11/25/2013 12:52:00 PM Publisher's Column
Kennedy and Obama
times and challenges
have many similarities
I was a U.S. Navy hospital corpsman stationed at the Minneapolis Naval Air Station when President Kennedy was assassinated. We were in the process of decorating the Minneapolis Armory for the annual Admiralty Ball when we were suddenly told to return immediately to our duty stations on base and await further orders. Shortly after that, we got word that the President had been killed and that we might be going to war with Cuba. Fortunately, that war never happened.
On this anniversary of the Kennedy assassination, I have been thinking about the similarities between the situations in our country then and now.
The early '60s were a period of changes that many people found alarming. There was tremendous hostility toward Kennedy because of changes that were taking place in the role of government, race relations, attitudes toward religious traditions, security, etc.
Just as President Obama is the first black, Kennedy was the first Catholic to become the U.S. President. There was a lot of hostility toward him among those who believed he would be a puppet of the Pope or at least subject to Papal persuasion. Ignorant people read a lot of their biases into everything Kennedy did, just as ignorant people today read a lot of their biases into everything President Obama does.
Just as Obama inherited the Middle East wars, Kennedy took office and inherited a Cuban invasion plan put together by the CIA under the Eisenhower administration, the Bay of Pigs. It turned out to be a fiasco for which Kennedy was blamed. He spent much of his short term as President trying to resolve military/security problems resulting from the Cuban policy of his predecessor. He successfully avoided an international crisis by adroitly handling the Cuban missile crisis without military action, which his critics who wanted war claimed was the only way to handle the situation.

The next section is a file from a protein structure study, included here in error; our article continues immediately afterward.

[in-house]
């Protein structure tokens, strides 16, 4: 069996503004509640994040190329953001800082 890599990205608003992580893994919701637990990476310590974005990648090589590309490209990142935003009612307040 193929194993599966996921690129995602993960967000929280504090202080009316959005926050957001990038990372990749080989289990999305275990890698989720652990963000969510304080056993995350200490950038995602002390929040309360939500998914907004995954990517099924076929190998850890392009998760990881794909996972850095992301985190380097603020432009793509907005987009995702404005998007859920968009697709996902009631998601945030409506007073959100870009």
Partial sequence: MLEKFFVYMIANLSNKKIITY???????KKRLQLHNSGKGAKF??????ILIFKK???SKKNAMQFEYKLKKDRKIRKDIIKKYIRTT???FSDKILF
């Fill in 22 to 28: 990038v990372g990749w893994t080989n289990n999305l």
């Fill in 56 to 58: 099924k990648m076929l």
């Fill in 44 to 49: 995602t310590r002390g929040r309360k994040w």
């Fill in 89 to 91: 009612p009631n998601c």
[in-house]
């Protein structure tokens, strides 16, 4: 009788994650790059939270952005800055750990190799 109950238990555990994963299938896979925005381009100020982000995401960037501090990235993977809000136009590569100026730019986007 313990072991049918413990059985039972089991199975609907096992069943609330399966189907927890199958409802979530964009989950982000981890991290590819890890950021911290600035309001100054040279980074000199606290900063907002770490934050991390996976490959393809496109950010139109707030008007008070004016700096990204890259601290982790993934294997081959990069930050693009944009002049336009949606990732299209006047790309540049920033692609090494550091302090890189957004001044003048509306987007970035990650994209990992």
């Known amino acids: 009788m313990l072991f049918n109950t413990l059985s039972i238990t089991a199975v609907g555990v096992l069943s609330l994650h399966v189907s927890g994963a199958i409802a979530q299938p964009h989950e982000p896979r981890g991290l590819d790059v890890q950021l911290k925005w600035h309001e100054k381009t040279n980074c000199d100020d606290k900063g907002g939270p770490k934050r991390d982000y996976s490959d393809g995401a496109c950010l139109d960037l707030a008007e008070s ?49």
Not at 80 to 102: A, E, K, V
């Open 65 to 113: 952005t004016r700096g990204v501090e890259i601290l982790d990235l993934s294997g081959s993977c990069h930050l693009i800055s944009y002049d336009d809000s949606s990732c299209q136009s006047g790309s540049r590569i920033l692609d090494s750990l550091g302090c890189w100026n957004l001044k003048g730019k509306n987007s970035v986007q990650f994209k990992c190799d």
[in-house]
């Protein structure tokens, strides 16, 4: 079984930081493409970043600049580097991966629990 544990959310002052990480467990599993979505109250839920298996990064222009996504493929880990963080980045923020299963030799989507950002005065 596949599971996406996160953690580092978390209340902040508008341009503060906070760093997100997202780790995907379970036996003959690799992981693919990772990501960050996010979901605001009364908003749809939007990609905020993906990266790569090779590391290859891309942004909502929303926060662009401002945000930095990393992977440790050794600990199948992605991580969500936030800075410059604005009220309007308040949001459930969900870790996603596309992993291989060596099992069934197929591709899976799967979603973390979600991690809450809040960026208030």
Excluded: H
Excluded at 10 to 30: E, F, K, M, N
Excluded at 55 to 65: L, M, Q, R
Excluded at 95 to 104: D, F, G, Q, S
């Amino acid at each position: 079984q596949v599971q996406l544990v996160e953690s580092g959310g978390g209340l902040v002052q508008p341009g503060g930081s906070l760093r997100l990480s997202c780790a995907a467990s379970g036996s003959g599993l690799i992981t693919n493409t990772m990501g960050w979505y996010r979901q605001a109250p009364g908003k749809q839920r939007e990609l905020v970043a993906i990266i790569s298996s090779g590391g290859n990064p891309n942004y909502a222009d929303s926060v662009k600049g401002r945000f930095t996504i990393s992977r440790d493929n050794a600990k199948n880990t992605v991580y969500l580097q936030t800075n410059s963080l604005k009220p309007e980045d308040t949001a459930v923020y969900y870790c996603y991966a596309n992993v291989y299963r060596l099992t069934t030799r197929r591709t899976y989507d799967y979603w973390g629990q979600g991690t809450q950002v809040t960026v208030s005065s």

Just as Obama addressed the need for a U.S. health care program, Kennedy recognized the need for a dramatic program to develop U.S. technology to support the space program, with a goal of sending astronauts to the moon and back. It was an expensive program many opponents claimed was impossible to either afford or accomplish. Nevertheless, his goal was accomplished (and proved profitable).
Just as Obama campaigned promising action on immigration, Kennedy promised action on civil rights and, despite aggressive opposition, Kennedy had a civil rights bill drafted which became the Civil Rights Act of 1964, passed several months after his assassination. It remains to be seen whether Obama will be as successful with immigration.
Kennedy, as has Obama, set out to make the world a better place to live and accomplished much toward that goal despite his short life. The technological boost his space program gave the U.S. economy was largely responsible for major U.S. advances in electronics, medicine and about every field of science.
One can only speculate about how the world would be different today if Kennedy had not been killed in office.
I don't believe Kennedy would have been suckered into a war in Viet Nam as President Johnson was in 1964. Kennedy was more cautious and more inclined to gather information from opposing viewpoints before taking action than was Johnson. He had less faith in the infallibility of government agencies than did Johnson. Had Kennedy been alive when reports of the Gulf of Tonkin incident came in, I believe he would have delayed action until he had definite proof of the incident and, upon learning it did not happen, would have avoided going to war.
Just as Obama stimulated an attitude of hope among people universally when elected, Kennedy created an atmosphere of belief in accomplishing big goals worthy of accomplishment because they would benefit everyone.
Kennedy persuaded people to tackle big problems together through government programs such as the Peace Corps, which encouraged people to apply their unique skills to help people in underdeveloped areas of the world. It was an excellent program until U.S. corporations saw it as an opportunity to get lucrative government contracts for massive projects rather than a program to help people learn to solve their own problems.
There is no question the world would be a lot different today if JFK had not been assassinated. I think it would be a much more peaceful, cooperative place. I wish we had been given the opportunity to know.